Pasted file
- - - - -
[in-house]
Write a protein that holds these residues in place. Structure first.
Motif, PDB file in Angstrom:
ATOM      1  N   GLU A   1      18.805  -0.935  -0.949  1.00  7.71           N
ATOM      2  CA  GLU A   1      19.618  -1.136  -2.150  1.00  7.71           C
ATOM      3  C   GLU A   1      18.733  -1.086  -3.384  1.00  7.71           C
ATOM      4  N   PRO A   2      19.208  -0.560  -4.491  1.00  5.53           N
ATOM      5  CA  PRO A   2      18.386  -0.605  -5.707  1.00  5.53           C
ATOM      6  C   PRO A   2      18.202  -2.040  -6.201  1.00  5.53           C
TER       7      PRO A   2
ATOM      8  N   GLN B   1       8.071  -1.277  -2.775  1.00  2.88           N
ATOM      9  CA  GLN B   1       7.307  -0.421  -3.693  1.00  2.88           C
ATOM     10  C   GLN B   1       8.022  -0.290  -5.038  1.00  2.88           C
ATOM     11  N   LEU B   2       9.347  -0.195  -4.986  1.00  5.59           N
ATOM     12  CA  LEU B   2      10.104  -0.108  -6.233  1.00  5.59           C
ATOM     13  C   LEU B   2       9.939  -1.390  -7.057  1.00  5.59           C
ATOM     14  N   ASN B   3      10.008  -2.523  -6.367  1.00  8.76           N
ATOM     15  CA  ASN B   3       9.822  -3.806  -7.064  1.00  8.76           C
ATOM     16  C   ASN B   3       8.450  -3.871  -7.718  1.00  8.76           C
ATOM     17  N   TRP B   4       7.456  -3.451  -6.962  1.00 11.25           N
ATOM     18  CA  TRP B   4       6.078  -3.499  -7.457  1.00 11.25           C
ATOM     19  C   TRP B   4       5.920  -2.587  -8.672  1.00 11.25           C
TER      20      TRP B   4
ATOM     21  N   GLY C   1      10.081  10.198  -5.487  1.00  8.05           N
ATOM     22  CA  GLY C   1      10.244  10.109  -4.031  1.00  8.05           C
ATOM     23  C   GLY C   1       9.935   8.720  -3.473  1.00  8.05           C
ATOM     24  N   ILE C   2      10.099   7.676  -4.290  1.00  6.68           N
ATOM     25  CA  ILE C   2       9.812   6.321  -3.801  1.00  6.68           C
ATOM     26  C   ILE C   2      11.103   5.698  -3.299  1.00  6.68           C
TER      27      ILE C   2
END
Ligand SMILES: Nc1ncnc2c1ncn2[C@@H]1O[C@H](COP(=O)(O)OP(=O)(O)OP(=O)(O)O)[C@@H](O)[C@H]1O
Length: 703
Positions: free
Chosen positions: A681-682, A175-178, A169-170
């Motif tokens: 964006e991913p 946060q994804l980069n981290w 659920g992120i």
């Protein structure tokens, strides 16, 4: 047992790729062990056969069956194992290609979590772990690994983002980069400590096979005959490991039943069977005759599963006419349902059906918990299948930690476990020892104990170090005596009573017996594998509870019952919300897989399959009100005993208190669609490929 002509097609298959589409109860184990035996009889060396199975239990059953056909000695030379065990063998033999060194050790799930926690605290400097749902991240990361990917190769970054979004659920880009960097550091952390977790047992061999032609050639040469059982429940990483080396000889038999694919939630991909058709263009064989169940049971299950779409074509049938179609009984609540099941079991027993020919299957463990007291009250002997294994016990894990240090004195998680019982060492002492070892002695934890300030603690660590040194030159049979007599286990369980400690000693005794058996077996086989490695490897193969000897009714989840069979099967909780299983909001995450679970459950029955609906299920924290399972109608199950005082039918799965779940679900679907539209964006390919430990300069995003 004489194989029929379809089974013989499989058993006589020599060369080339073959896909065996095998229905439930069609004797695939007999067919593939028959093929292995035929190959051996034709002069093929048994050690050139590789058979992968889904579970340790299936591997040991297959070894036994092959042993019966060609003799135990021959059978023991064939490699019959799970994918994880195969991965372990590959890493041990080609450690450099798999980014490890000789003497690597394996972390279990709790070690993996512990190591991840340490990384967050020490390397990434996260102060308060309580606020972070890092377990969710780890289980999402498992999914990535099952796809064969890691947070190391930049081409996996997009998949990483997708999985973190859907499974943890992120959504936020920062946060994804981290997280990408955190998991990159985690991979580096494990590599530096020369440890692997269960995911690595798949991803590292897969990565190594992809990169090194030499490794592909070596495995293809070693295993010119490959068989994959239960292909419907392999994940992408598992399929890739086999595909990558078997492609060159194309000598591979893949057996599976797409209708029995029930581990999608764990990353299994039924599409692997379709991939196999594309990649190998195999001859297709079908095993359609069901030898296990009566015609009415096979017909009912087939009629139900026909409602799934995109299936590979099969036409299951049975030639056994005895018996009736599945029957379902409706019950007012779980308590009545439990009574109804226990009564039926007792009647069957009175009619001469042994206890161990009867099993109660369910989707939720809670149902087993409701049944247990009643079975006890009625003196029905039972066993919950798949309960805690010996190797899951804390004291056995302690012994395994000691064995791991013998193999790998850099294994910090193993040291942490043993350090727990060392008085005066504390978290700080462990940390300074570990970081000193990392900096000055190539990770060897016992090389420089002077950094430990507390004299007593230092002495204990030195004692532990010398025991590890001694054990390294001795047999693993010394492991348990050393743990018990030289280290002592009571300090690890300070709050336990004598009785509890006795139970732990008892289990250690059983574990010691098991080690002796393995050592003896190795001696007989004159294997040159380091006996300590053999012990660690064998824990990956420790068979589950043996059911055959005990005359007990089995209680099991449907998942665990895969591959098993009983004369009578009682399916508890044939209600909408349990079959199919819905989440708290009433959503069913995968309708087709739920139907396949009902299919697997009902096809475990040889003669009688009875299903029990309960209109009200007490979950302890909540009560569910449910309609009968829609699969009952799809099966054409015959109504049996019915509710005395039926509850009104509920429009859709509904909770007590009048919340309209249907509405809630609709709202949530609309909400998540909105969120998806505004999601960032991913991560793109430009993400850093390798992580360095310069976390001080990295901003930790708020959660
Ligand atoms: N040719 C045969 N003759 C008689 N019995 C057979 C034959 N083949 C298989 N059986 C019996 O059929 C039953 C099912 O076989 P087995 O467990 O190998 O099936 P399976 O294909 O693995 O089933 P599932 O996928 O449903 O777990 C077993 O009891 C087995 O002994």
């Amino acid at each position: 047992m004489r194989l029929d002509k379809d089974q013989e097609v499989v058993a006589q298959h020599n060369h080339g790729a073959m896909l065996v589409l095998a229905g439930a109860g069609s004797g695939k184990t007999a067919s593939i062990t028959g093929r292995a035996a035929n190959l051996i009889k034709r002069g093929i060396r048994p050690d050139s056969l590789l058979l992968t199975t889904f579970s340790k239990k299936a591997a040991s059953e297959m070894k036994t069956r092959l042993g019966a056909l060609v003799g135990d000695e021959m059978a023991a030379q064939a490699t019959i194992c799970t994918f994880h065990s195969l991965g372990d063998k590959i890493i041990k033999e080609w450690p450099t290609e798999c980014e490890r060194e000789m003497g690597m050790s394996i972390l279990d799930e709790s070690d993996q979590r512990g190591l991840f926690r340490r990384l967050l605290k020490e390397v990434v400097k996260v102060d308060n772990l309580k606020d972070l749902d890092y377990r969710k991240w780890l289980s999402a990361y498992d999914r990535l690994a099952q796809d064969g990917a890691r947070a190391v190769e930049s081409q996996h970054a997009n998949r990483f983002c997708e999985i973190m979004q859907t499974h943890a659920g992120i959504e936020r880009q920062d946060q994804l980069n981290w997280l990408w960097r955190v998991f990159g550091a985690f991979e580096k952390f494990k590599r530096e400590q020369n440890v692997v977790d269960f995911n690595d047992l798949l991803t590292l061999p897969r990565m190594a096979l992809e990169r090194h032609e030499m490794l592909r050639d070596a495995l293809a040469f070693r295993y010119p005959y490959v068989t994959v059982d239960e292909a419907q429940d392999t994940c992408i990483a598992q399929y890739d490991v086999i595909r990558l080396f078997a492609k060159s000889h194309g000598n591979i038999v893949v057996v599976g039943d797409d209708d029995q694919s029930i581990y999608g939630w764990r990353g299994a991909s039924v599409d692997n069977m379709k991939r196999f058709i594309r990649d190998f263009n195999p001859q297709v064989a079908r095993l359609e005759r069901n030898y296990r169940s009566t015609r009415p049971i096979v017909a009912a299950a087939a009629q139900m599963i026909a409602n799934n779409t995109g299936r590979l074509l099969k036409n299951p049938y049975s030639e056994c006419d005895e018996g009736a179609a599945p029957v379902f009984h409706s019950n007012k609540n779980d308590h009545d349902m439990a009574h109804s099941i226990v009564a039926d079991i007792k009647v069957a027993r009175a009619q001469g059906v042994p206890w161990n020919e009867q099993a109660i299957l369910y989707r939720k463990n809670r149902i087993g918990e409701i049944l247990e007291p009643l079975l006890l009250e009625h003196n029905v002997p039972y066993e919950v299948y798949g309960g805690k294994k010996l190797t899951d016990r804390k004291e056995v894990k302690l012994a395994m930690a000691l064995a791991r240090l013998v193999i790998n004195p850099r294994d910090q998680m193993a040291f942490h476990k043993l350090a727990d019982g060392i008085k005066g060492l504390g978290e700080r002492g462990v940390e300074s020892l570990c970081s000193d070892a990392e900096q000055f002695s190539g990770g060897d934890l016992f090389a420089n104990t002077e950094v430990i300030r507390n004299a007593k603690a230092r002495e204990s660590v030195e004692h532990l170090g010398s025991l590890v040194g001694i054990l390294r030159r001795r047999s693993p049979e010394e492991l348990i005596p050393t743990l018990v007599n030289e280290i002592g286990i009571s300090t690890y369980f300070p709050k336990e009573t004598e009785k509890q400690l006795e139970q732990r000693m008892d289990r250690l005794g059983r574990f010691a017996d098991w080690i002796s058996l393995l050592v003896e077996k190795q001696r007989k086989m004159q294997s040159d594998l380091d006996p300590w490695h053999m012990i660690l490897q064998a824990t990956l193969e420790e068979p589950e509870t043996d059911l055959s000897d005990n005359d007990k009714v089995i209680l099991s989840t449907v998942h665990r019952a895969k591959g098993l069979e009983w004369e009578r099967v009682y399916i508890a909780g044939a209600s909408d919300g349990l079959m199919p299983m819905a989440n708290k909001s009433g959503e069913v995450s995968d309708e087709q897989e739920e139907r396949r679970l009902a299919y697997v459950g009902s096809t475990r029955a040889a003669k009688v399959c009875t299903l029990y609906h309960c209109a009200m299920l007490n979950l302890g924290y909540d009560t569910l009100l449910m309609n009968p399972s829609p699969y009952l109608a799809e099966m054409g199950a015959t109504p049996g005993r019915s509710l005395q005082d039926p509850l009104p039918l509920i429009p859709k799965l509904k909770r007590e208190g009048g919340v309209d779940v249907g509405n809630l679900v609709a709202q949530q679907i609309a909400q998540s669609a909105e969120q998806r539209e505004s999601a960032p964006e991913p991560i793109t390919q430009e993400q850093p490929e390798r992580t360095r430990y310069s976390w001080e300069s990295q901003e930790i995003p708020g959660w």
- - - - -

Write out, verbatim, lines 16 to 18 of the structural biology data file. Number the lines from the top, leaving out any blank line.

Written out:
ATOM     13  C   LEU B   2       9.939  -1.390  -7.057  1.00  5.59           C
ATOM     14  N   ASN B   3      10.008  -2.523  -6.367  1.00  8.76           N
ATOM     15  CA  ASN B   3       9.822  -3.806  -7.064  1.00  8.76           C